Parashat Tazria: Life and death - the power of speech

The Talmud reveals that the affliction of tzara’at we learn about in our parasha came as punishment for speaking lashon hara (slander or libel) about another person.

 SCRIBES FINISH writing a Torah scroll. (photo credit: DAVID COHEN/FLASH 90)
SCRIBES FINISH writing a Torah scroll.
(photo credit: DAVID COHEN/FLASH 90)

Parashat Tazria deals extensively with tzara’at (a progressive skin disease that can take on many forms). When the Temple stood, a person afflicted with tzara’at would come to the priest, who would determine if the affliction was pure or impure. If it was determined to be impure, the afflicted person would remain outside the camp until enough time passed for him to be pure. 

The Talmud reveals that the affliction of tzara’at we learn about in our parasha came as punishment for speaking lashon hara (slander or libel) about another person:

Reish Lakish says: What is that which is written: ‘This shall be the law of the leper (metzora)?” This means that this shall be the law of a defamer (motzi shem ra).’” (Arachin 15b.)

This saying of Reish Lakish connects with the words of Chazal, who added a different layer to our ordinary understanding of tzara’at. While in the ancient world, tzara’at was a known disease, according to our sages, it was not a natural phenomenon or bodily impurity, but rather it appeared as punishment for speaking ill of others. 

LEPROSY, PLATE LXX from Prince Albert Morrow, 1889 (credit: Wikimedia Commons)LEPROSY, PLATE LXX from Prince Albert Morrow, 1889 (credit: Wikimedia Commons)

The Talmud continues to explain that someone who slanders is punished with tzara’at because he separates people, therefore he should be separated from people.

The Ba’al Shem Tov reveals another layer in the relationship between the sin – lashon hara, and the punishment – tzara’at. 

Those who guard their tongue show that they are good to the core. However, those who speak maliciously about others reveal that there is evil inside them. That evil is so strong that it causes them to let it out in the form of speaking badly of others. There are those who are physically sick and those who are spiritually sick. One who speaks badly of others reveals that the soul is ill. It is so full of evil that it leaks out.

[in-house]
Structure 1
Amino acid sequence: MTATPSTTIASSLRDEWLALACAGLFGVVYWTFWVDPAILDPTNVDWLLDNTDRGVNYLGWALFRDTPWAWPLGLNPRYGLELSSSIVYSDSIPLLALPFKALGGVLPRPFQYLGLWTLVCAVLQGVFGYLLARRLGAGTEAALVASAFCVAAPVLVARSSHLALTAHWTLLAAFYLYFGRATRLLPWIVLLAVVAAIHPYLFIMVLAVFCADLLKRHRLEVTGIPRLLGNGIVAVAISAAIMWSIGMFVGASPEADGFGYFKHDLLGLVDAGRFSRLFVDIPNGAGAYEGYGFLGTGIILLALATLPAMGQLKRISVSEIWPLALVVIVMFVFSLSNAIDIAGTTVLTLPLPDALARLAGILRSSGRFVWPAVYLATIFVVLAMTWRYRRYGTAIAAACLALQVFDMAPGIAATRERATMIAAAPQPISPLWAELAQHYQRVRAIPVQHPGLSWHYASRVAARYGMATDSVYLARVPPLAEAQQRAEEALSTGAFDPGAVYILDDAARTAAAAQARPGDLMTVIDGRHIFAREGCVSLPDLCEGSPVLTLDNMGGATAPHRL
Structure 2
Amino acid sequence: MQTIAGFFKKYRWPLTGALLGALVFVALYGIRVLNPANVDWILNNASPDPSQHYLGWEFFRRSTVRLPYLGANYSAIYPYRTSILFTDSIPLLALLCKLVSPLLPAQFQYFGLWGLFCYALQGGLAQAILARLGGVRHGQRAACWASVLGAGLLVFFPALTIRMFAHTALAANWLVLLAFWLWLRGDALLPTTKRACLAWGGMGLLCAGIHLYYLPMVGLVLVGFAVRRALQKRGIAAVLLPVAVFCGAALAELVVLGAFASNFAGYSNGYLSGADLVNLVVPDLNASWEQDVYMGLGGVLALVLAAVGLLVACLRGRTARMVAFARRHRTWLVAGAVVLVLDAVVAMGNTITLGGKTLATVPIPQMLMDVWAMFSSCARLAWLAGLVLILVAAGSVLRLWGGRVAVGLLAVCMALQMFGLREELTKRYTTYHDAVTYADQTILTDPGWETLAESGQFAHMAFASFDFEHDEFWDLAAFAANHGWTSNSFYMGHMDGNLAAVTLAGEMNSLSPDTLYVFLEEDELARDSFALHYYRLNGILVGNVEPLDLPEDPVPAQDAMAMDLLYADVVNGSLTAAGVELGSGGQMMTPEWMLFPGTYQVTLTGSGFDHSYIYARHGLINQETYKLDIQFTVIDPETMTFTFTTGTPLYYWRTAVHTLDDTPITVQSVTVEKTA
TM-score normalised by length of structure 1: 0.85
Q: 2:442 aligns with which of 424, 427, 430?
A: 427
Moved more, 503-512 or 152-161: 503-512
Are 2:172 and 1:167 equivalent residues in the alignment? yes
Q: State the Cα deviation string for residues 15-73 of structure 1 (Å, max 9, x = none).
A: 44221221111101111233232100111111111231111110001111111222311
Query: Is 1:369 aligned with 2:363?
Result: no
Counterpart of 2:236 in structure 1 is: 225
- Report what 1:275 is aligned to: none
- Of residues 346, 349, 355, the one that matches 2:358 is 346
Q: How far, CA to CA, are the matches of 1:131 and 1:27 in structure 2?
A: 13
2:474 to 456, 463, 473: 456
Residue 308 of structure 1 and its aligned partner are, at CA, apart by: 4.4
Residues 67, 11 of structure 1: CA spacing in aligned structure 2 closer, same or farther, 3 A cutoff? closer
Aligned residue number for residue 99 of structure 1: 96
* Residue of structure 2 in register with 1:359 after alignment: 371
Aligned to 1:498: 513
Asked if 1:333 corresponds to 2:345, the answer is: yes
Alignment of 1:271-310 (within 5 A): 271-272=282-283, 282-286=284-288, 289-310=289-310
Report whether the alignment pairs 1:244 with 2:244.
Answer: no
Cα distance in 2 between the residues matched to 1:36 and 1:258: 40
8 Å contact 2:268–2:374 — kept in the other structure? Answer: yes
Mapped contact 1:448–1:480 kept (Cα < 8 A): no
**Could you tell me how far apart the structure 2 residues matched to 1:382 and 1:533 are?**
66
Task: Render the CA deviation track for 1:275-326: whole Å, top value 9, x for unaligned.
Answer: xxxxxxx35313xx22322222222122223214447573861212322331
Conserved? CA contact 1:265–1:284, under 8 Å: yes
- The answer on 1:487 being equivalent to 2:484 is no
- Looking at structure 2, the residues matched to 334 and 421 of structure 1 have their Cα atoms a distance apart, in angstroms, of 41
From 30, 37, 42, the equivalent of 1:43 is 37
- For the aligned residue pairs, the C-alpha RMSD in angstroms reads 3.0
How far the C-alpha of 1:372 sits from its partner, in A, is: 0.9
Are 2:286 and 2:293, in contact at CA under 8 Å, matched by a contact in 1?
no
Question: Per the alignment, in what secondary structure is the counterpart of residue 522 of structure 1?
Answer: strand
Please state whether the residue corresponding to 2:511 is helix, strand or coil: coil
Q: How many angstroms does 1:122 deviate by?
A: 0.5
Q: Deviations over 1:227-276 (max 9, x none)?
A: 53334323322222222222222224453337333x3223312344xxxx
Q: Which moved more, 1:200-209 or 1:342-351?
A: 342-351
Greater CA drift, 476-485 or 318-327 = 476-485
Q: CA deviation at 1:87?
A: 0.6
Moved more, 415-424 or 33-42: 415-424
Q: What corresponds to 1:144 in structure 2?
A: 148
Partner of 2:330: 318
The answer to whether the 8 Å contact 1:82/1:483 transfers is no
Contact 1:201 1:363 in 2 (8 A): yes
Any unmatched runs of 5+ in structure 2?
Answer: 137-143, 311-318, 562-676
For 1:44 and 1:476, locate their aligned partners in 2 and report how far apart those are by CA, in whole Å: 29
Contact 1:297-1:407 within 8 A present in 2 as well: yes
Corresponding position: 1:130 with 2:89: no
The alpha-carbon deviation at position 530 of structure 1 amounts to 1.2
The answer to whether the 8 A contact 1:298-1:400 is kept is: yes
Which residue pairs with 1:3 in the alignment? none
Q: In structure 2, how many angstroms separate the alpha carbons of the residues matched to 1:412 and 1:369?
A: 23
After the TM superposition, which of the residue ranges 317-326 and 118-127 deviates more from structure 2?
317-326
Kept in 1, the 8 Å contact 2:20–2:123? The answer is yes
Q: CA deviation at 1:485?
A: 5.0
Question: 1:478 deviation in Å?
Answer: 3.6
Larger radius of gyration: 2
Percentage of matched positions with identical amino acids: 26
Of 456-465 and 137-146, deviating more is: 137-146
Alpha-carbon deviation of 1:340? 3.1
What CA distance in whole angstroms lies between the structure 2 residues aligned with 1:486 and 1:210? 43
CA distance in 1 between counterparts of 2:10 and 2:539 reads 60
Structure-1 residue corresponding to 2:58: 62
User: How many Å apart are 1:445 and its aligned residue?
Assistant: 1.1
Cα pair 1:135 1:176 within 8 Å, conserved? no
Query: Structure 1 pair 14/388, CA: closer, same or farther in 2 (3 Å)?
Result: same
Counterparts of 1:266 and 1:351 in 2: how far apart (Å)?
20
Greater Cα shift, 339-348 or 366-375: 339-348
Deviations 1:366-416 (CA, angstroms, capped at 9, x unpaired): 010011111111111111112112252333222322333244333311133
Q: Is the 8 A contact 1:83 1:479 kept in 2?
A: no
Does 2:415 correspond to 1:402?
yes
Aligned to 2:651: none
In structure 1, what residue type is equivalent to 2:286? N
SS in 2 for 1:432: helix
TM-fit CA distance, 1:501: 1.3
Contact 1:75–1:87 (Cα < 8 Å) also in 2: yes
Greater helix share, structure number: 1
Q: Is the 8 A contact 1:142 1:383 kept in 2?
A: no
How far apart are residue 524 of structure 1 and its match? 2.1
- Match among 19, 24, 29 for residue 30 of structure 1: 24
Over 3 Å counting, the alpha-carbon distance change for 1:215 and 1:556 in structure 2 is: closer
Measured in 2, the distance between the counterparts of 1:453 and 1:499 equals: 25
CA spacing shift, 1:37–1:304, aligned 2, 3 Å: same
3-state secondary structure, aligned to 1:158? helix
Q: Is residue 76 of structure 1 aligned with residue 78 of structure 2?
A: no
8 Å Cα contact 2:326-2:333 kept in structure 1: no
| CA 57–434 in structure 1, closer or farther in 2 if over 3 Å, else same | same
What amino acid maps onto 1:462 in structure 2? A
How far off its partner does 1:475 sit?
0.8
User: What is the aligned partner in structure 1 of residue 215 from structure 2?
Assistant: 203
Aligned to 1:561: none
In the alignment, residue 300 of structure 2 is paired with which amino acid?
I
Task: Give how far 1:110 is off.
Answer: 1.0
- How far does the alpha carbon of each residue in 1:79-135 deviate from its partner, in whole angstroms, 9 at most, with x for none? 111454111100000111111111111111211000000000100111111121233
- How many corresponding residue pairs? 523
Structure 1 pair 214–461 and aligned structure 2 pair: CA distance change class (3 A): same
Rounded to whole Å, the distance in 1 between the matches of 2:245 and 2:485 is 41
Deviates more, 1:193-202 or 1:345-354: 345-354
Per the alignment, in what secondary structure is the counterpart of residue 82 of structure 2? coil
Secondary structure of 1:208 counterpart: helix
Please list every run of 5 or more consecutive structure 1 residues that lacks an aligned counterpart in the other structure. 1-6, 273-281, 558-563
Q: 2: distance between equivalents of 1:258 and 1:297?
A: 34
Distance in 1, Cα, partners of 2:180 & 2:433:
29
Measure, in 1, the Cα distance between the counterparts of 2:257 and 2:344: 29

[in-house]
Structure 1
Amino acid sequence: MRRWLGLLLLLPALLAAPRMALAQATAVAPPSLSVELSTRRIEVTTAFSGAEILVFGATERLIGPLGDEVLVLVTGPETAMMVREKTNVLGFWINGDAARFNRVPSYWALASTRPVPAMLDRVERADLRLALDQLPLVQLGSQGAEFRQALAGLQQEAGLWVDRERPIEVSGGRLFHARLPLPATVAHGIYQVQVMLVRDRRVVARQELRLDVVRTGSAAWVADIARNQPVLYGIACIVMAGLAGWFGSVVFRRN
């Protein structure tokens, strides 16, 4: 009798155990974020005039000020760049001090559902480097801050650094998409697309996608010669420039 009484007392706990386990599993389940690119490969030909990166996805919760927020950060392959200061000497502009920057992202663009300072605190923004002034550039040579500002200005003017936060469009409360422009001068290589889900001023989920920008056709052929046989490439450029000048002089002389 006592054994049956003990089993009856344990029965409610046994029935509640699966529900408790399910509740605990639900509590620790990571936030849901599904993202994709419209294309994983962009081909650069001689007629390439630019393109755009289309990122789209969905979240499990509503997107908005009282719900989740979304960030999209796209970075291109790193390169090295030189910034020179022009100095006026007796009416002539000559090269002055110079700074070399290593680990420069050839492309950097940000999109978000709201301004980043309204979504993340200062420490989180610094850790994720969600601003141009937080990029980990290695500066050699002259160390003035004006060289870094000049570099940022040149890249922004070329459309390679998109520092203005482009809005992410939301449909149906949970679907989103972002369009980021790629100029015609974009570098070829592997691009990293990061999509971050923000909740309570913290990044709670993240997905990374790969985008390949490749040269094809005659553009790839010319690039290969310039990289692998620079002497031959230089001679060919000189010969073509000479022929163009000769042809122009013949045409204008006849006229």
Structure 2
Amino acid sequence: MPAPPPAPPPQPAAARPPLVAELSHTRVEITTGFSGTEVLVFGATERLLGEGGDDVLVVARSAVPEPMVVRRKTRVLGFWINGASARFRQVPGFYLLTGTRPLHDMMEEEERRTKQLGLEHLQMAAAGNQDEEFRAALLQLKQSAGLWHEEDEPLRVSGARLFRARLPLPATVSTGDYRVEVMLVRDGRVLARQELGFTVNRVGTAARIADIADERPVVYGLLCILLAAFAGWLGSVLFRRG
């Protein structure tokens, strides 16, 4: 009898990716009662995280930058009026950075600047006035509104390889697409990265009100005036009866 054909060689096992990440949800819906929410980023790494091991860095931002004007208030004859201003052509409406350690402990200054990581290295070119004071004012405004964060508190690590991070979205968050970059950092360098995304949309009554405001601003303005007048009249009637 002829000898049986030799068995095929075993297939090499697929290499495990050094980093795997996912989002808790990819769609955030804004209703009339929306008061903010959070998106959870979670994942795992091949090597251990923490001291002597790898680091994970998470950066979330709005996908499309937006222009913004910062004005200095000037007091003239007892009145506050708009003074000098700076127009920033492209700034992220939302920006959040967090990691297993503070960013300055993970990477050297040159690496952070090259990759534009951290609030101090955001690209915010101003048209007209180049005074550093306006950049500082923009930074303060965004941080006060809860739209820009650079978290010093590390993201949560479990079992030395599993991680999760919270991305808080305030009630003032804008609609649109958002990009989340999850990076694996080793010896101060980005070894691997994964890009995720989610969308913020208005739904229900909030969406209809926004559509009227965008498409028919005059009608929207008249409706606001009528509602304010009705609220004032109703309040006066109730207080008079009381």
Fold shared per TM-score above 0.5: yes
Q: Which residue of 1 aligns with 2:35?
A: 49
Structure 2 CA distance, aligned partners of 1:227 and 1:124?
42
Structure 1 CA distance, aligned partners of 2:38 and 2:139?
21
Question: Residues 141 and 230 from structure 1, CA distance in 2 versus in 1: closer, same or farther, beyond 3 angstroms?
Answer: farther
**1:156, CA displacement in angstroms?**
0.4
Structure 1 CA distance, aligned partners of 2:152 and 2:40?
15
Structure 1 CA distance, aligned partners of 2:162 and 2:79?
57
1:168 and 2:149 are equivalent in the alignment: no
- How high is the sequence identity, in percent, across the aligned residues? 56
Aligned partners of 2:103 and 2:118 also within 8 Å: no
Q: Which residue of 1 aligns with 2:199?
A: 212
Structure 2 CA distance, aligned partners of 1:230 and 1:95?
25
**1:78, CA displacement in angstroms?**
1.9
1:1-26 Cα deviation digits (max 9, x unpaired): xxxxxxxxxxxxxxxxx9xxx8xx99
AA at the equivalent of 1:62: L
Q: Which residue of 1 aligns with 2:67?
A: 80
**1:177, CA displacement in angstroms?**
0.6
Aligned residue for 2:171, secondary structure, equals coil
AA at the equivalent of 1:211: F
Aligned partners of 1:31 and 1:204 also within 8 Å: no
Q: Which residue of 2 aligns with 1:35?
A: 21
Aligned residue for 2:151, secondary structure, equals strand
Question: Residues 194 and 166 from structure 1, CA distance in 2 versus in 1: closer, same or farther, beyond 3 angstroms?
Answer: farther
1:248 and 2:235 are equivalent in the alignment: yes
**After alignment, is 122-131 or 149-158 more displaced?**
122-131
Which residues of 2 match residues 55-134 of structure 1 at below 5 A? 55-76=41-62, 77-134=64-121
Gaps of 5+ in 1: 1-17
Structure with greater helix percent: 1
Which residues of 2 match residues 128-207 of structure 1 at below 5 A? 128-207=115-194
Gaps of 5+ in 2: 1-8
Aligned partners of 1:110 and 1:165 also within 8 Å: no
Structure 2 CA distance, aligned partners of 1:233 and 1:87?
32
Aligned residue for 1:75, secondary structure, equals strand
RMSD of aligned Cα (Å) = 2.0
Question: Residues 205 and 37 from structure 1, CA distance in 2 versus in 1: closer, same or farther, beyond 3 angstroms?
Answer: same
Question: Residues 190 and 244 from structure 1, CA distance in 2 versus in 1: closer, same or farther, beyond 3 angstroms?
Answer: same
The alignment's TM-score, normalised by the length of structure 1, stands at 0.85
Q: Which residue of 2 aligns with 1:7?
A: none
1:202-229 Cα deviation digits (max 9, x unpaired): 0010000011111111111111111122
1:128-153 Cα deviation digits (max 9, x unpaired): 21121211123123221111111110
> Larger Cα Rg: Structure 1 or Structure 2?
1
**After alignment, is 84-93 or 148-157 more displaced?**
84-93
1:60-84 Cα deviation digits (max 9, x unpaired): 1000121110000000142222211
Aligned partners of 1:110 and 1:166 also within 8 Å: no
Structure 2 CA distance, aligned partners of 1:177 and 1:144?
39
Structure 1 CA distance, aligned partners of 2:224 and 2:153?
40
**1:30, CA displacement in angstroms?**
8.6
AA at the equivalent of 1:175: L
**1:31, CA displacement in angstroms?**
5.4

Those who see shortcomings in others are actually seeing the shortcomings in themselves, but since they cannot admit it, they seemingly identify them in someone else. Based on this, it is clear that one who speaks badly of someone else is revealing one’s own evil. Therefore, this inner flaw manifests itself as a physical affliction – tzara’at.

Rabbi Samson Raphael Hirsch (rabbi of Frankfurt and one of the greatest Jewish thinkers of his generation, 1808-1888) explained the sin and punishment in a different way. The skin is where the person comes in contact with the outside world. Whoever has a problematic and faulty encounter with the outside world– instead of seeing the good, keeps focusing on the bad – becomes afflicted with tzara’at, rot that spreads through the body. 

What kind of repair does the Torah suggest for someone who sinned in lashon hara? How can a person be cured of tzara’at?

“If a man has... on the skin of his flesh, and it forms a lesion of tzara’at on the skin of his flesh, he shall be brought to Aaron the priest... The priest shall look at the lesion... the priest shall quarantine the [person with the] lesion... the priest shall pronounce him clean… The priest shall pronounce him unclean...” (Leviticus 13, 2-8)

The kohen is the one who diagnoses tzara’at and is the only one who can cure it. Usually, when someone suffers from an illness, it is a doctor who cures it. The fact that tzara’at was both diagnosed and treated by a kohen teaches us that it was a somatic/spiritual illness. It manifested itself physically in the body, but it was a spiritual person who treated it.

The kohanim, the sons of Aaron, who loved peace and pursued peace, were noted for using the power of speech positively. 

Therefore, a person who used his power of speech detrimentally by speaking badly of others is forced to meet the kohen in order to learn from him what is allowed and what is forbidden in speech, what is constructive and what is destructive, and from that to learn to use the power of speech in a positive and constructive manner. ■

The writer is rabbi of the Western Wall and Holy Sites.